Tech leaders on powerful new ARC board

Joseph Brookes
Senior Reporter

Two tech and innovation leaders have been appointed to the new Australian Research Council (ARC) board taking responsibility for around $800 million in annual research grants from the government of the day.

Deep tech incubator Sally-Ann Williams and Pawsey Supercomputing Centre chief Mark Stickells have secured two of the eight spots on the board that will soon have final say on competitive research grants.

The board will be chaired by Professor Peter Shergold, an economist, former university chancellor and top mandarin, with philosopher Professor and La Tribe University Professor Emerita Susan Dodds as vice chair.

Cicada Innovations chief executive Sally-Ann Williams

The board has been established in response to a wholesale review of the Australian Research Council that recommended the Education minister be removed from the final decisions on competitive research grants except in limited national security and international relations circumstances.

Vetoes of otherwise approved grants by Coalition ministers had put the issue in the spotlight and attracted widespread criticism when then-acting Education minister Stuart Robert rejected half a dozen on national interest grounds in late 2021.

The review of the agency ordered by the incoming Albanese government in 2022 recommended an independent board be established to take responsibility for the decisions out of the government’s hands.

Education minister Jason Clare passed legislation for the changes in March and on Wednesday revealed the new board, saying it puts and end to “the days of Ministers using the ARC as a political plaything”.

“Over the last decade, the ARC has been bedeviled by political interference and Ministerial delays,” Mr Clare said.

“That has made it harder for universities to recruit and retain staff, and it has damaged our international reputation.”

New chair Professor Peter Shergold served as a secretary in the Australian Public Service for two decades, including leading the Departments of the Prime Minister and Cabinet, and Education, Science and Training. More recently he was Chancellor of Western Sydney University.

The two non-professors on the ARC board are both deeply involved in Australian technology and innovation.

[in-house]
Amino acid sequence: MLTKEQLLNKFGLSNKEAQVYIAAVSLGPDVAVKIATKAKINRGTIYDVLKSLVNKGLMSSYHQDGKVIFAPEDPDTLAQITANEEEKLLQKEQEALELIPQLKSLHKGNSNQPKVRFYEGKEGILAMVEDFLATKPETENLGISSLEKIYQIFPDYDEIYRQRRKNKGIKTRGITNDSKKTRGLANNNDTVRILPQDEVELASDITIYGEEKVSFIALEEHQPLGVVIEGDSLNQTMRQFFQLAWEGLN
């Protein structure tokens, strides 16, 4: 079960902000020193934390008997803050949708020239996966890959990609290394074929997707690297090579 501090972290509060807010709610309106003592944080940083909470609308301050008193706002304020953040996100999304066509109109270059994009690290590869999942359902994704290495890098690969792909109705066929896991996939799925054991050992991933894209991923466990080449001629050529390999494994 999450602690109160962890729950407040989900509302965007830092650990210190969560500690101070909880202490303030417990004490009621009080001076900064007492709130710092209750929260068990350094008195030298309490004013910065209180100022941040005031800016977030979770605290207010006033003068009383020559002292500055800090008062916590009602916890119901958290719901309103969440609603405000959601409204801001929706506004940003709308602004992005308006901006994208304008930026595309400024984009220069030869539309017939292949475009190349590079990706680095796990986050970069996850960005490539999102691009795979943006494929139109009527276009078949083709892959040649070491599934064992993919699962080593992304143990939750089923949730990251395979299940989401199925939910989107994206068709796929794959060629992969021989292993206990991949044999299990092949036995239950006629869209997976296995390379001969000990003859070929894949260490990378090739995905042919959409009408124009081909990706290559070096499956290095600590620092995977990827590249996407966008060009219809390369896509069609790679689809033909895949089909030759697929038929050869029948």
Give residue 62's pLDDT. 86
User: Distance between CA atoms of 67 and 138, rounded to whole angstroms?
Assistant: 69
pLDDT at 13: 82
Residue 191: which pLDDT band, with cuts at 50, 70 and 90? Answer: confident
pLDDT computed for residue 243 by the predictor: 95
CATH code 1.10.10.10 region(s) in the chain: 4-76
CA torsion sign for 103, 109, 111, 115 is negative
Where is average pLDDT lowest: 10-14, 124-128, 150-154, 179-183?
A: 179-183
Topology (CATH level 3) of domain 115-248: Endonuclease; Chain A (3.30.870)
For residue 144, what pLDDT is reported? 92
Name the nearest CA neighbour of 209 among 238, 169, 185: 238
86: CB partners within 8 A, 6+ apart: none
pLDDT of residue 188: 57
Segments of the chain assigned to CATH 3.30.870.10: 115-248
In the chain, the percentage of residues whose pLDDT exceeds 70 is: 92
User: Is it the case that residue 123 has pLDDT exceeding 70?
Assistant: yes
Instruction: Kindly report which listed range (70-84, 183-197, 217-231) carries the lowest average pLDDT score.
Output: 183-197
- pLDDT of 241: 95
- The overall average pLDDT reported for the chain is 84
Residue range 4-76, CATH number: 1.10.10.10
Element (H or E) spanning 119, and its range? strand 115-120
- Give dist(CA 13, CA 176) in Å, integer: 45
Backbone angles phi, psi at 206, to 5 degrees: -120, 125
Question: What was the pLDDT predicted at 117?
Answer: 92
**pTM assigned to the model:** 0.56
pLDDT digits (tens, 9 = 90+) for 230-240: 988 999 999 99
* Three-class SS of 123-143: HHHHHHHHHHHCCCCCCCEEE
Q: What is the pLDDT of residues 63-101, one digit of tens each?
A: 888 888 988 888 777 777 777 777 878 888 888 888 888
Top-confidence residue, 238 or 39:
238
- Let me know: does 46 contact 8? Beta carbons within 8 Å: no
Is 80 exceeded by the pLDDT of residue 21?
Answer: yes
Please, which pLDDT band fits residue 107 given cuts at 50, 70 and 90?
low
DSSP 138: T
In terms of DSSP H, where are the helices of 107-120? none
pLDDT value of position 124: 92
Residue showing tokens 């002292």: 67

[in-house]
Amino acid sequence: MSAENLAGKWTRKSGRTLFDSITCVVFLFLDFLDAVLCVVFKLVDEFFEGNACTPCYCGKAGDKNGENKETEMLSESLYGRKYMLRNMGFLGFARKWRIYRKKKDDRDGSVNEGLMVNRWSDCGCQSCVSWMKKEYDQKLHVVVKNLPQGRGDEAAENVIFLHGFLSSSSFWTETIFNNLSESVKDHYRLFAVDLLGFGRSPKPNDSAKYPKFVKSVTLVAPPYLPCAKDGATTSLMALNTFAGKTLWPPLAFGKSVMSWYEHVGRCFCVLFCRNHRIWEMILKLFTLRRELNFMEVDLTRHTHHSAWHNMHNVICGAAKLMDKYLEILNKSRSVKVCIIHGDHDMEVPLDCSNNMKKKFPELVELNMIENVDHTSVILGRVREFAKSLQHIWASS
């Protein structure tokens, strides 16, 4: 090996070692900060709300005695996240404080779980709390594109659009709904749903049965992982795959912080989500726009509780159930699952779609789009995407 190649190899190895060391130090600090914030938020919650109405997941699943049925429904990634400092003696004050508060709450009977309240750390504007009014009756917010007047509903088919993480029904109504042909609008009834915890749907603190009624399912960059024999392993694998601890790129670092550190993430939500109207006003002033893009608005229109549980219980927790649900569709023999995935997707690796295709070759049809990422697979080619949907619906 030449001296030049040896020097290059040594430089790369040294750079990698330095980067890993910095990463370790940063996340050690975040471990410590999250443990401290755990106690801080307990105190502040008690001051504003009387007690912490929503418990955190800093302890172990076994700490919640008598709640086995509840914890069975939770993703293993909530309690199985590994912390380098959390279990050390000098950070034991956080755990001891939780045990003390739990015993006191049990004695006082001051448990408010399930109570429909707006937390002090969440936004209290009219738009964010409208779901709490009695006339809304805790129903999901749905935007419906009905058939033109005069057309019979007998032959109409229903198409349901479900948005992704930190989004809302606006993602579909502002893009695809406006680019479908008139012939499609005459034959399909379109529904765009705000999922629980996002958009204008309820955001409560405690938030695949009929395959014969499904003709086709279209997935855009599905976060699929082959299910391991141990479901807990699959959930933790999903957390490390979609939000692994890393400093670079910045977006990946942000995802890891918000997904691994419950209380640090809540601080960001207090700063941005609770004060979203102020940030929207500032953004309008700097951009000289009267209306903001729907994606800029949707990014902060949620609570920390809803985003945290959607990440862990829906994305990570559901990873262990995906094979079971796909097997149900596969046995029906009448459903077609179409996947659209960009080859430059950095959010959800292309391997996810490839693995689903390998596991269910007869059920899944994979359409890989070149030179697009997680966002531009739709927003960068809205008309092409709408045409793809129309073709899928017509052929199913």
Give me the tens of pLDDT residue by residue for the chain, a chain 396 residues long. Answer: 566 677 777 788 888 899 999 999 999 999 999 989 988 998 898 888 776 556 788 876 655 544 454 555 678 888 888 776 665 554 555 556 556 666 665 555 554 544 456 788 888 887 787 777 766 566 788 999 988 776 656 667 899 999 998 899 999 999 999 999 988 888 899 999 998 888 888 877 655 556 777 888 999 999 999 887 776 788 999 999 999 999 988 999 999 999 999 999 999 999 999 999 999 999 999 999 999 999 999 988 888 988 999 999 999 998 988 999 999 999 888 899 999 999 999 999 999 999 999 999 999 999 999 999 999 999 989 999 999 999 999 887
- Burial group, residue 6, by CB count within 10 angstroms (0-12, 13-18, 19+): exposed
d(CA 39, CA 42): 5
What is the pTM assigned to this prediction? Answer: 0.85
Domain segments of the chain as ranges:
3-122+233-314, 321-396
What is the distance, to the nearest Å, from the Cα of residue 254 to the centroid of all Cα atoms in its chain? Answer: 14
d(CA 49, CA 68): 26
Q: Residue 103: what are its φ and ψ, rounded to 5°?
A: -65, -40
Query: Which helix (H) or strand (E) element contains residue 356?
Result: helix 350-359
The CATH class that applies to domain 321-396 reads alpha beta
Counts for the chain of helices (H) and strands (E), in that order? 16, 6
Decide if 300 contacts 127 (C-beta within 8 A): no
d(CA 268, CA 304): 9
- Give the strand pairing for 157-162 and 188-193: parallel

Ms Williams runs Sydney deep tech accelerators Cicada Innovations and has also led the advice to the Albanese government on STEM diversity reforms.

Mr Stickells is chief executive of the Pawsey Supercomputing centre in Perth and a member of the federal government’s quantum advisory committee.

The board will be supported by two advisory committees to provide guidance on ARC priorities and strategies: the ARC Advisory Committee and a new ARC Indigenous Forum.

In the lead up to the bill that brings in the changes at the ARC, stakeholders had warned the board’s small size would make it difficult to represent the diverse research sector and hand power to to few individuals. Amendments to the bill expanded the size from five to the current seven plus a chair.

The Coalition voted against the move to a board, claiming the removal of ministerial responsibility could allow the ARC board to go “on a frolic” and approve grants “irresponsibly”.

The Education minister retains the power to approve other research funding, including nationally significant investments that foster research capability for Australia like the ARC Centres of Excellence, Industrial Transformation Research Hubs, and Industrial Transformation Training Centres.

The full ARC Board:

  • Professor Peter Shergold (Chair)
  • Professor Susan Dodds (Deputy Chair)
  • Distinguished Professor Maggie Walter
  • Professor Cindy Shannon
  • Professor Paul Wellings
  • Emeritus Professor Margaret Harding
  • Mr Mark Stickells
  • Ms Sally-Ann Williams

Do you know more? Contact James Riley via Email.

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